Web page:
Wednesday, September 14, 2022

#258 / What We Really Don't Need


According to Yulia Latynina, "The West Needs an Arms Race." Latynina is a Russian writer and journalist. According to Wikipedia, she has "written more than twenty books, including fantasy and crime fiction." Click the link to her name to find out more.

Latynina made her claim that "The West Needs an Arms Race" in a column in The Wall Street Journal on July 7, 2022. I think that this column is, perhaps, most properly classified as "fantasy" and/or "crime fiction." Here is the essence of Latynina's pitch:

A new arms race is the only option for the West. The Russian offensive flounders in the face of superior firepower. On battlefields where there are no modern weapons, the barbarian Russian army, with its tactics of cannon fodder and indiscriminate shelling, slowly prevails. Where the Ukrainian defenders have been equipped with Western artillery, Russia’s stockpiles explode into fireworks and its fodder troops are burnt like chaff.
A world without a war is only a dream. When the strong and just refuse to fight with the weapons they have, thugs and bullies can do what they want. The West must build precision weapons that can take out Russia’s nuclear silos—and let Mr. Putin know that they aren’t afraid to use them. Develop drones that can hunt and kill terrorists. An open society can’t dictate to rogue states how to live. But it should be able to prevent aggression like the invasion of Ukraine (emphasis added).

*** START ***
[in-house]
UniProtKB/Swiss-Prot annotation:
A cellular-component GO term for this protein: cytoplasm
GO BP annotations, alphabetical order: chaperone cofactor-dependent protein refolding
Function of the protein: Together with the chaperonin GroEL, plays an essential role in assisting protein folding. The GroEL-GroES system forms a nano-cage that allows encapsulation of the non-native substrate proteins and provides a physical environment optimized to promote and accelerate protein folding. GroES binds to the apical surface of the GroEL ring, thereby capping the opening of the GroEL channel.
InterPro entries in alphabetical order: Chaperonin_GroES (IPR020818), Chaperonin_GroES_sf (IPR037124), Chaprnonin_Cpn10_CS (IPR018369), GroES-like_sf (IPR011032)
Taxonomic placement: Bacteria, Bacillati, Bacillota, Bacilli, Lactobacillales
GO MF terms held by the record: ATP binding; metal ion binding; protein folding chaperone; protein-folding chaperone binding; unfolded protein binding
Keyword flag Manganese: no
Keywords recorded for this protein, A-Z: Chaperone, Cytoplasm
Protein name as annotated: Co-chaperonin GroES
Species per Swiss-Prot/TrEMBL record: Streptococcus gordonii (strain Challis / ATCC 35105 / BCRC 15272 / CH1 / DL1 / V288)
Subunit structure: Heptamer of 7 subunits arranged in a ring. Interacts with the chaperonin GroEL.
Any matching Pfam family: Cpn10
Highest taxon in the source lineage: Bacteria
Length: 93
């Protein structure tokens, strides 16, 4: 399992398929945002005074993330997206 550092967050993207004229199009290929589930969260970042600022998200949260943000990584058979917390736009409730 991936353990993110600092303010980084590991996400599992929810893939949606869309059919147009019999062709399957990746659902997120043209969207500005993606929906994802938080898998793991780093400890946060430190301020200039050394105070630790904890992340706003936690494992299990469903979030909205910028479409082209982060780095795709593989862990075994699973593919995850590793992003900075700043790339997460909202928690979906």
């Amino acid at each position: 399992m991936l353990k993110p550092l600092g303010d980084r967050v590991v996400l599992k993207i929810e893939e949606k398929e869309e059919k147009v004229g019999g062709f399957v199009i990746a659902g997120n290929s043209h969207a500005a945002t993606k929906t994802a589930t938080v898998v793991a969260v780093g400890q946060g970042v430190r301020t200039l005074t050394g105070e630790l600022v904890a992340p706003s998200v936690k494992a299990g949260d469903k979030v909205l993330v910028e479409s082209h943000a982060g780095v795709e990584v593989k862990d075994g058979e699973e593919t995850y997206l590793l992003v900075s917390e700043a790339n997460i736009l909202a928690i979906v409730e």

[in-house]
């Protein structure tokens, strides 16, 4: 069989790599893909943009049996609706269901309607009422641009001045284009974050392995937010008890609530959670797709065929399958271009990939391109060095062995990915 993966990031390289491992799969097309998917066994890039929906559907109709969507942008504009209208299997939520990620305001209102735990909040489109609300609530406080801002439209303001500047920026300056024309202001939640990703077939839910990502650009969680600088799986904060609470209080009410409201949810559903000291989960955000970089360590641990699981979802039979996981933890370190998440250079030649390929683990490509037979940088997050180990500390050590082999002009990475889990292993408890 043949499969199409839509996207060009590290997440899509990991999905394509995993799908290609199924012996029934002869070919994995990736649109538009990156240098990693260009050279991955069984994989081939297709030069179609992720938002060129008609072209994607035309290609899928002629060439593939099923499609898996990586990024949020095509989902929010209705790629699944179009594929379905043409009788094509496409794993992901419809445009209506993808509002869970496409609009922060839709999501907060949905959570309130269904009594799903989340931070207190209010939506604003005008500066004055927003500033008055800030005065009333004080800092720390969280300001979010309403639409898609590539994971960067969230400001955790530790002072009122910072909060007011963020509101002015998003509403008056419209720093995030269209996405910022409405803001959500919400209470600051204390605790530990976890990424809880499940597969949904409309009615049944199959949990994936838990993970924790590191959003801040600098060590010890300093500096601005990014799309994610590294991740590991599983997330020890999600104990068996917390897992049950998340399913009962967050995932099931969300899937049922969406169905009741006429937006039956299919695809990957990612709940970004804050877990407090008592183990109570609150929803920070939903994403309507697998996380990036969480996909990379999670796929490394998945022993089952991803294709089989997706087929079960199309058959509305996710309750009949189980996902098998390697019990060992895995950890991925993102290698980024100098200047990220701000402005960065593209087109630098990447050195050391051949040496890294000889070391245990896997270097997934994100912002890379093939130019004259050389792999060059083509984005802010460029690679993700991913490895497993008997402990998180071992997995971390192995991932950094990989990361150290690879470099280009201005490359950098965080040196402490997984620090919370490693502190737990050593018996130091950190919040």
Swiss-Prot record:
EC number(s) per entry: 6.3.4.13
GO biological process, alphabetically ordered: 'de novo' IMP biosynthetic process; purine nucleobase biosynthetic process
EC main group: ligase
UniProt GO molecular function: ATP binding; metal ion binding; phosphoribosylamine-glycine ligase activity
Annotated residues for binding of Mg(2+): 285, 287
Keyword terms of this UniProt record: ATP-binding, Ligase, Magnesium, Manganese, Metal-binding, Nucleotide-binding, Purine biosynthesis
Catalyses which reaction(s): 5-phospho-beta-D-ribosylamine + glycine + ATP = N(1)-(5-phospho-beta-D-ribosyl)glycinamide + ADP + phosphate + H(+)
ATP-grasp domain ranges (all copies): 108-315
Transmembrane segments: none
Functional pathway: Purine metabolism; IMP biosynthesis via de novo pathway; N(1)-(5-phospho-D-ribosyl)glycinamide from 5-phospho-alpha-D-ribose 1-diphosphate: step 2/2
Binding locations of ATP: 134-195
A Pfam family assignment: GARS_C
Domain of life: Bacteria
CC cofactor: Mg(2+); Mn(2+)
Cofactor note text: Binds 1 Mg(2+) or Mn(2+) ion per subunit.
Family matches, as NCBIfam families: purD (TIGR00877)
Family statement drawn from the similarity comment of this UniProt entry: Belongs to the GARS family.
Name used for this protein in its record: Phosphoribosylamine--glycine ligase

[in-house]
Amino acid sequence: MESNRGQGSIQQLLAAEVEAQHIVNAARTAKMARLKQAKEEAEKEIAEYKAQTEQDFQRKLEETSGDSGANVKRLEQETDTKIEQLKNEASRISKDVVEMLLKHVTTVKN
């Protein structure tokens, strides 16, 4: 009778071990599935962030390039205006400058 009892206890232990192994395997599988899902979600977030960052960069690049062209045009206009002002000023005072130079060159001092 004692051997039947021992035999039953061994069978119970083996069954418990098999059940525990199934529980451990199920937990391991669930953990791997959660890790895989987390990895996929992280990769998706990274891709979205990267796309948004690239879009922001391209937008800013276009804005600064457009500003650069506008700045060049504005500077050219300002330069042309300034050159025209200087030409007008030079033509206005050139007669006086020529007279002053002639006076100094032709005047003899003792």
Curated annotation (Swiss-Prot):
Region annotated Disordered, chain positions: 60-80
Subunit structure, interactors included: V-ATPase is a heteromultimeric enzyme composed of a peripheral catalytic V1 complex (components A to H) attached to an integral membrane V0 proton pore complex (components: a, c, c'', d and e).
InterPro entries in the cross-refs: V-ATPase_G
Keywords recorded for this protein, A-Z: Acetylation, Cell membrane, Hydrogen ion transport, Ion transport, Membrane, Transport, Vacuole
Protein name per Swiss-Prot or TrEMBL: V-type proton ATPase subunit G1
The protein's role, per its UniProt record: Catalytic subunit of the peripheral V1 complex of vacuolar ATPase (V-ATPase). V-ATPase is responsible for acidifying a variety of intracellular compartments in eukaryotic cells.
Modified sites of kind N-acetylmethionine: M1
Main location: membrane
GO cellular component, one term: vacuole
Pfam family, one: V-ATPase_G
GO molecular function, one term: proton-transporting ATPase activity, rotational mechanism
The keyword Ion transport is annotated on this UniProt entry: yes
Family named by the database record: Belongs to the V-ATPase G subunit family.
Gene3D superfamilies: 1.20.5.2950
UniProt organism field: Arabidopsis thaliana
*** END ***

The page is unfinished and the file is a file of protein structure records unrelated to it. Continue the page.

I do not buy the idea that a world without war is only a "dream." At least, I don't buy that idea if the word "dream" is meant to denote something that has no possibility of becoming a reality - and that is exactly how Latynina means to define the word. 
In opposition to Latynina, I happy to associate myself with John Lennon's understanding of the power of dreams (click right here to follow up on this reference). And with respect to thinking about "dreams," I am planning to take my advice from both my father and South Pacific's "Happy Talk," rather than to follow Latynina's suggestion that finding new ways to kill other people, with precision, will put us on the pathway to peace. 
If you don't have a dream, you can't have a dream come true.
The statement just highlighted in large font bold was the lesson that my father attempted to convey to me as his highest priority contribution to my education. He had some difficulty in convincing me, I may add. I was resistant; I was pessimistic; but my father won my agreement in the end. This statement is profoundly good advice. We can make either our "dreams" or our "nightmares" come true, because "possibility" is the defining truth of our existence. The world we most immediately inhabit is the world we have created ourselves, and that is a world that we can change. 

Can we imagine the world-transforming power that would be released if the United States started doing the exact opposite of what Latynina advises? What amazing energy would be released if we announced that we would, each year, reduce our military and war-linked spending by, say, 10%, and redirect those monies to efforts to reduce carbon emissions, and to bring housing and health care to everyone who needs it, in our own country, and everywhere. 

Like Lennon says:

You may say I'm a dreamer, but I'm not the only one!

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